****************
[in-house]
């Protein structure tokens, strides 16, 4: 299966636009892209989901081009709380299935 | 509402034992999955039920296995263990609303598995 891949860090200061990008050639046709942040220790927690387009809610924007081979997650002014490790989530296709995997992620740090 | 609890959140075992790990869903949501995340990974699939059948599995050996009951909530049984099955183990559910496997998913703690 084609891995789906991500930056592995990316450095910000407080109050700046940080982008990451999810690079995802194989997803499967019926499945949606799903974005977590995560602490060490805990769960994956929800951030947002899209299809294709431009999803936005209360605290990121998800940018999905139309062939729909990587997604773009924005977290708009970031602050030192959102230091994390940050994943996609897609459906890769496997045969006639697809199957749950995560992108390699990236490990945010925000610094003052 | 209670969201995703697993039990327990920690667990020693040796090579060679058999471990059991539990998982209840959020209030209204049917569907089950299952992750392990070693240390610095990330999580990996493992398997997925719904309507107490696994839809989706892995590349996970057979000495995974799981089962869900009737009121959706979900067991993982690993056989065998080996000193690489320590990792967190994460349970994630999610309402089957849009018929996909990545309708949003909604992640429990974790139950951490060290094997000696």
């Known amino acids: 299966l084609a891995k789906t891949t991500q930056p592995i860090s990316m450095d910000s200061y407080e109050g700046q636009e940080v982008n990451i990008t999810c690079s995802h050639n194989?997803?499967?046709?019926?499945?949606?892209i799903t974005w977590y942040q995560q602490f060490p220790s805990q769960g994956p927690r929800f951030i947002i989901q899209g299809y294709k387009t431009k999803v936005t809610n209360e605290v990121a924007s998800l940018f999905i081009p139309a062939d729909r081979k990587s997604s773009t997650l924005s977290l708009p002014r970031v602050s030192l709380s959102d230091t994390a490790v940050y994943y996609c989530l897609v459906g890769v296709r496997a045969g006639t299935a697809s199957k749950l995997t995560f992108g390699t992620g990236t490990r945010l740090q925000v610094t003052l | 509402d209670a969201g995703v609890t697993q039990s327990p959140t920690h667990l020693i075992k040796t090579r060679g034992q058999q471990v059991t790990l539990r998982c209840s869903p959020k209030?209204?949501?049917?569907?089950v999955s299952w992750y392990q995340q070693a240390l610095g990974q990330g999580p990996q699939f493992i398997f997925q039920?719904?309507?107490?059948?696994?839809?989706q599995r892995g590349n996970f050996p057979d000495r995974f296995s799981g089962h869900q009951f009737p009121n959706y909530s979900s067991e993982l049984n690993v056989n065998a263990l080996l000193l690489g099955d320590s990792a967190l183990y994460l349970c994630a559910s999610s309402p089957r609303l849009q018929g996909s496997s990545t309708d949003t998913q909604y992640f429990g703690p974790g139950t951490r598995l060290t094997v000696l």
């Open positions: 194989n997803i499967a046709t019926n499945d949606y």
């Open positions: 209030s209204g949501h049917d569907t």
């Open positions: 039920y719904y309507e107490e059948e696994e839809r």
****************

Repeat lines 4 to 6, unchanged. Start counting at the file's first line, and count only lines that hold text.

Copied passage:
């Open positions: 194989n997803i499967a046709t019926n499945d949606y």
């Open positions: 209030s209204g949501h049917d569907t």
């Open positions: 039920y719904y309507e107490e059948e696994e839809r």